An Ideal Husband
Rating -

Comedy (US/UK); 1999; Rated PG-13; 97 Minutes

Rupert Everett: Lord Arthur Goring
Julianne Moore: Mrs. Laura Cheveley
Jeremy Northam: Sir Robert Chiltern
Cate Blanchett: Lady Gertrud Chiltern
Minnie Driver: Mabel Chiltern
John Wood: Earl of Caversham

Produced by Nicky Kentish Barnes, Andrea Calderwood, Bruce Davey, Uri Fruchtmann, Ralph Kamp, Susan B. Landau, Barnaby Thompson and Paul L. Tucker; Directed and screenwritten by Oliver Parker; based on the play by Oscar Wilde

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Written by DAVID KEYES

The forte of Oscar Wilde is the 19th-century equivalent of William Shakespeare's, because the words and phrases you hear are so intelligent and unique that they echo in your head hours after being heard. The only thing that makes them different is the time period they were written in. Patently, both men were way ahead of their period, changing the faces of literature and theater in such a way that seems almost undoable by today's writers. People of this caliber can absorb their audience so effortlessly in their work, we imagine the job is as easy for them as it is for us to ride a bicycle.

Lately, a new trend has sprung loose in the cinema, in which movies tackle the famous work of legendary poets in attempt to add contemporary realism to them. Is that because moviemakers are running out of ideas? Maybe. Another possibility could be that the average filmmaker enjoys a challenge, and bringing literature like this to the screen is a difficult job. Alas, most of the time we see Hollywood butcher the classic stories in attempt to add fresh perspectives to century-old tales. Thankfully, like John Madden and Kenneth Branagh, Oliver Parker seemingly knows how to properly handle the job, and his new screen adaptation of Wilde's "An Ideal Husband" is an invigorating, original experience--probably the best screen adaptation of any poet's work seen since Kenneth Branagh's interpretation of "Hamlet."

Such an adaptation comes across effectively because the writer's topics are not limited to certain time periods. The play was written in 1895, and Parker's movie is done around the same time period, with contemporary feeling. But peal away the surface of the look and attitude, and what you find underneath are the same misgivings that afflict every strip of society--greed, lust, fear, anxiety, envy, blackmail--a list that is compromised of virtually every form of human dysfunction. "An Ideal Husband" is a work that can succeed in several different time periods, simply because it contains those physiognomies of typical human life. Maybe this is why the story is considered Wilde's best.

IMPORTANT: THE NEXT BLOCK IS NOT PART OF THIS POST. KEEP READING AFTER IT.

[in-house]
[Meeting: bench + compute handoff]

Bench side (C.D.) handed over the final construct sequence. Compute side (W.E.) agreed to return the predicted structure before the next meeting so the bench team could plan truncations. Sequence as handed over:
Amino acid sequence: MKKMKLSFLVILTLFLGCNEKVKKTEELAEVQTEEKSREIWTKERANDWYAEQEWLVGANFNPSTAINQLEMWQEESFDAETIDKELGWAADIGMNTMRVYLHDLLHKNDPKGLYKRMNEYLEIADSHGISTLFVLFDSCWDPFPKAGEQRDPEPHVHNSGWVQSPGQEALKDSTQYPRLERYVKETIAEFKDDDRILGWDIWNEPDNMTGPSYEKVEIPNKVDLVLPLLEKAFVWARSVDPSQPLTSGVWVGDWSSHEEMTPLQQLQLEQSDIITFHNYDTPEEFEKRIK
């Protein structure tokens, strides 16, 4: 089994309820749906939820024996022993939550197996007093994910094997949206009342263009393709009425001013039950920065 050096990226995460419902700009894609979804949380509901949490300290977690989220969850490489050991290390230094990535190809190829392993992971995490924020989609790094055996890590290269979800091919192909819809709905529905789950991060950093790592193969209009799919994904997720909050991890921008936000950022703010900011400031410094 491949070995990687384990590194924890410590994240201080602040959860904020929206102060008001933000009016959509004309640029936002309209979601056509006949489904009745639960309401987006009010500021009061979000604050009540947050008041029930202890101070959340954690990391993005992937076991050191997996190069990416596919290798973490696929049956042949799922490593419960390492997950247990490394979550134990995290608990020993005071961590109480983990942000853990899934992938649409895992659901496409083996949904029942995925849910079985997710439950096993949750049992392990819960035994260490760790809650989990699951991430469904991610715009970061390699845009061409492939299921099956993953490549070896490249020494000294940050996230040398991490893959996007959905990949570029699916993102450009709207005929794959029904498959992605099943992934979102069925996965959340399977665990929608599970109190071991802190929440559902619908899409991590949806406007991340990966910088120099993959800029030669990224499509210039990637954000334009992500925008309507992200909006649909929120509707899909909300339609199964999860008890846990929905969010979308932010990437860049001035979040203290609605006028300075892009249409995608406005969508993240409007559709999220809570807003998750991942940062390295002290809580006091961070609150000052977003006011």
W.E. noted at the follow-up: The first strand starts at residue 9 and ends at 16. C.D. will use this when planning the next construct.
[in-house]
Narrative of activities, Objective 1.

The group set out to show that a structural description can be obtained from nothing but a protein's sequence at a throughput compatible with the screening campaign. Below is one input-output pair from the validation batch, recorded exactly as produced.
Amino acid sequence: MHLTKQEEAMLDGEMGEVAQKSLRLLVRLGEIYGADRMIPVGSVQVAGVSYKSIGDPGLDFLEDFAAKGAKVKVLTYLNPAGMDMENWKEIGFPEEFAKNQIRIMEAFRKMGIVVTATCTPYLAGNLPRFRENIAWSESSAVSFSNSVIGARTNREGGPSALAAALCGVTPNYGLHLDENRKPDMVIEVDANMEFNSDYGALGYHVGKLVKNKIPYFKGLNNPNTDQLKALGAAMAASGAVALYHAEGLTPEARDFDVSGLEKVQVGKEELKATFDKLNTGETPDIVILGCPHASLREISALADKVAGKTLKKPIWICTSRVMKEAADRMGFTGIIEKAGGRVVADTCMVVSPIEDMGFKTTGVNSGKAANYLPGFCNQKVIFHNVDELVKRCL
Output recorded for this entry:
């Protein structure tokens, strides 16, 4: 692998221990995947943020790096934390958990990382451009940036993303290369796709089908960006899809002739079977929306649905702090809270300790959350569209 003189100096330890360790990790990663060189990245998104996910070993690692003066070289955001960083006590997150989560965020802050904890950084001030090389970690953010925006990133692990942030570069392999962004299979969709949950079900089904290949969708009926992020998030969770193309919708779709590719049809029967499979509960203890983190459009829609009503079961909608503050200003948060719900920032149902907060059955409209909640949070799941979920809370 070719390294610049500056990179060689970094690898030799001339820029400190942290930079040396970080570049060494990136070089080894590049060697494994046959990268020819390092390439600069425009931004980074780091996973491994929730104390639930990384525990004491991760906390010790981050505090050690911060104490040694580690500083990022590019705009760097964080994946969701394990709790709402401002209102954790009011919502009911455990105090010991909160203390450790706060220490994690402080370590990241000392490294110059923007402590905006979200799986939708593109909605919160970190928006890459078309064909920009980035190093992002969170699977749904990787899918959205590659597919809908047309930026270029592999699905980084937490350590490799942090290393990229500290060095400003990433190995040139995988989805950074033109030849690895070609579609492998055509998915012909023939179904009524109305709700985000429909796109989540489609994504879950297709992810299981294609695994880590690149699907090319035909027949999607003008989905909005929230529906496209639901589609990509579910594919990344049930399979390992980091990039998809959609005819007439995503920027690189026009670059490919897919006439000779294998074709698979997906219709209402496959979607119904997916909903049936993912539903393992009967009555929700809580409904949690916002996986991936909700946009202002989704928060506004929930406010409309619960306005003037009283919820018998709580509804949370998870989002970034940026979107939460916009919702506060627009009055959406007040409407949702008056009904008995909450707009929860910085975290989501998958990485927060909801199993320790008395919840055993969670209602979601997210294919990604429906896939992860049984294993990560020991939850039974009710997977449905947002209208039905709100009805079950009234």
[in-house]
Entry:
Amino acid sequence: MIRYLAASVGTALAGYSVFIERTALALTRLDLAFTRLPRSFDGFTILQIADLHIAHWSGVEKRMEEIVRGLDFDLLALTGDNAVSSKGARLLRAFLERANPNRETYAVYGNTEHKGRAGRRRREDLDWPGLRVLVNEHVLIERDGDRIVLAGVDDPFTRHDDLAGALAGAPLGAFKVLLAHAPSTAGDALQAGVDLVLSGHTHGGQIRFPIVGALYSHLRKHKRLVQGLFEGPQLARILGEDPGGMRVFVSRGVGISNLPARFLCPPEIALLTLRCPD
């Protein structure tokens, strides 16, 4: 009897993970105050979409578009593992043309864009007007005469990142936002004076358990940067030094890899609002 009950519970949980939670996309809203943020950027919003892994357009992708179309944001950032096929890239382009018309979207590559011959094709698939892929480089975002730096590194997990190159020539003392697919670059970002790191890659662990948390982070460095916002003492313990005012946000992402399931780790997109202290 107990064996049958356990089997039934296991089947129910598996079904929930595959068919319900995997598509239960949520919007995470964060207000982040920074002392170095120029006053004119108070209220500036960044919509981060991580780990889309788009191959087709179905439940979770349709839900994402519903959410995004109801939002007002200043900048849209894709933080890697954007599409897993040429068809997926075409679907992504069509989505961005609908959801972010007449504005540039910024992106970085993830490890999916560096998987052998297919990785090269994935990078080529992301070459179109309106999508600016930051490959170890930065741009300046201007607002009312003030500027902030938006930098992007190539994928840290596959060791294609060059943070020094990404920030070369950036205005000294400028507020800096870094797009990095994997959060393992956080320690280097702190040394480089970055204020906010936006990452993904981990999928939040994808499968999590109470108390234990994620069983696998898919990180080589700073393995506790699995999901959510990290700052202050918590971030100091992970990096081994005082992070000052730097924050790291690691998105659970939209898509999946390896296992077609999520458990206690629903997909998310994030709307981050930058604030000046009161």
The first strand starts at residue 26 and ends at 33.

And this wonderful story is also blessed with a brilliant cast. Front in line is Rupert Everett, who plays Lord Arthur Goring , a man described by friends as the "idlest man in London." And no wonder; his sharp wardrobe, dashing smile, strong voice and taunting good looks are no match for anyone, except the vivacious Mabel Chiltern (Minnie Driver), a woman who is probably the only in existence to match his witticism in verbal discussions. They flirt, pass smiles, dirty looks, and interact as if they are destined lovers. Unfortunately, Goring is not the kind of "idle" man to be anchored down by marriage, and attempts to avoid the subject from his ever-pressing father, the Earl of Caversham, result in some scenes where the dashing gentlemen describes how he "loves talking about nothing." The words are always clever, and they arrive at just the right time.

Then there's Goring's closest friends, Lord Robert Chiltern (Jeremy Northam) and his wife (Cate Blanchett). Chiltern's bride is devoted to her husband down to the last drop of blood, and not just because he is a wealthy gentlemen. She considers him "the ideal husband," although later plot twists reveal otherwise. Chiltern is preparing a report on condemning a canal project, but a former acquaintance of the gentleman named Laura Chevely has much at stake if the proposal is accepted. Thus, blackmail comes into the picture, in which Chevely (Julianne Moore) threatens to expose the illegal way Chiltern attained his wealth if he does not speak positively of the project.

These are Oscar-worthy performances. Rupert Everett, who is always under-appreciated by Academy voters, churns out an observant portrayal of the "idles man of London," conveying all of Wilde's dialogue on target . It is ostensible that he has studied the playwrights work in the past. And Cate Blanchett, who incessantly has the penchant of giving us Oscar-calibre performances, comes off magnificent as Chiltern's wife, who is sure she has married an honest man, but ultimately unaware of his crimes of the past (at least for a certain length of the movie).

The plot and characters are dynamic, yes, but in terms of dialogue, movies don't get any better than this. There is a certain admiration we all have for delectable parley in the movies, because, as Wilde taught us repeatedly, it can get us past most, if any, problem areas within the plot. Sometimes, without sweet words pouring from the mouths of the characters, we lose interest in the story, and therefore the movie falls into fragments. Oliver Parker's "An Ideal Husband" is one of the finest examples of conversation outmatching story and characters, a feat only accomplished by the classic poets Wilde and Shakespeare. In a summer filled with creature features, obscene teen comedies and cruel little cartoons, here is something that steps up to the batting cage and hits a home run.

1999, David Keyes, Please e-mail the author here if the above review contains any spelling or grammar mistakes.
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